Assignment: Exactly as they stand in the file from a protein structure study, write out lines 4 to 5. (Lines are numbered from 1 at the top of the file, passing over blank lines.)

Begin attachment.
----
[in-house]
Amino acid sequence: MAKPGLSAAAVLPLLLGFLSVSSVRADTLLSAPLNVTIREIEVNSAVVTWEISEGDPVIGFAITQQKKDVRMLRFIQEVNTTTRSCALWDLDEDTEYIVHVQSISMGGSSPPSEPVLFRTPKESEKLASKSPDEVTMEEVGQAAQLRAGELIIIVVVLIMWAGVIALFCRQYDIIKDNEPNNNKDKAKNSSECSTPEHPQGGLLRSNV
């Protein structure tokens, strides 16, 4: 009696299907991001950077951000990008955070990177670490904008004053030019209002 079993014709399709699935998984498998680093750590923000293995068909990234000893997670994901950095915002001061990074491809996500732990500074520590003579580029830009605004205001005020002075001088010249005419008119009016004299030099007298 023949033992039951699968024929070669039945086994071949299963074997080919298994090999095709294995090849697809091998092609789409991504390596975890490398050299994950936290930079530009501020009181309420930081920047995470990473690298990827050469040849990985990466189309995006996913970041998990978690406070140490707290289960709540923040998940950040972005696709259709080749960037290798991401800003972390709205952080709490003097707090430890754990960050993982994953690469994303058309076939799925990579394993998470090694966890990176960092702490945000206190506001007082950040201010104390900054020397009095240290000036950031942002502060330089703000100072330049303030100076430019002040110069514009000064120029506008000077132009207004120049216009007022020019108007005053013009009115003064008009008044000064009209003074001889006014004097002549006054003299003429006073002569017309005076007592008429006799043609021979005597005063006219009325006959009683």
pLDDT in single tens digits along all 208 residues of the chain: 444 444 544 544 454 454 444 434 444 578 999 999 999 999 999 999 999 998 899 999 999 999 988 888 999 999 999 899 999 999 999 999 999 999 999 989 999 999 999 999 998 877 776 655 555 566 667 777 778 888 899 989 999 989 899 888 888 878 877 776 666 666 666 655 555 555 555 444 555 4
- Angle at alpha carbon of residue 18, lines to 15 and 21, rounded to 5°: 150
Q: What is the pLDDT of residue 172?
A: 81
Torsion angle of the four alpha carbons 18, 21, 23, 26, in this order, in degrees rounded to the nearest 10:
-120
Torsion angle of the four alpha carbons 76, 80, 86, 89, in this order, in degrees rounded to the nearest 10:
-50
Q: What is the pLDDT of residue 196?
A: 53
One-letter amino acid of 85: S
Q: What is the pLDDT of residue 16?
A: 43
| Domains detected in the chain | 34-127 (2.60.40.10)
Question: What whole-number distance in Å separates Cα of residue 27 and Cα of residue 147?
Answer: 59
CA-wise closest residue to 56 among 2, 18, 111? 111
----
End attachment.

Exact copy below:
pLDDT in single tens digits along all 208 residues of the chain: 444 444 544 544 454 454 444 434 444 578 999 999 999 999 999 999 999 998 899 999 999 999 988 888 999 999 999 899 999 999 999 999 999 999 999 989 999 999 999 999 998 877 776 655 555 566 667 777 778 888 899 989 999 989 899 888 888 878 877 776 666 666 666 655 555 555 555 444 555 4
- Angle at alpha carbon of residue 18, lines to 15 and 21, rounded to 5°: 150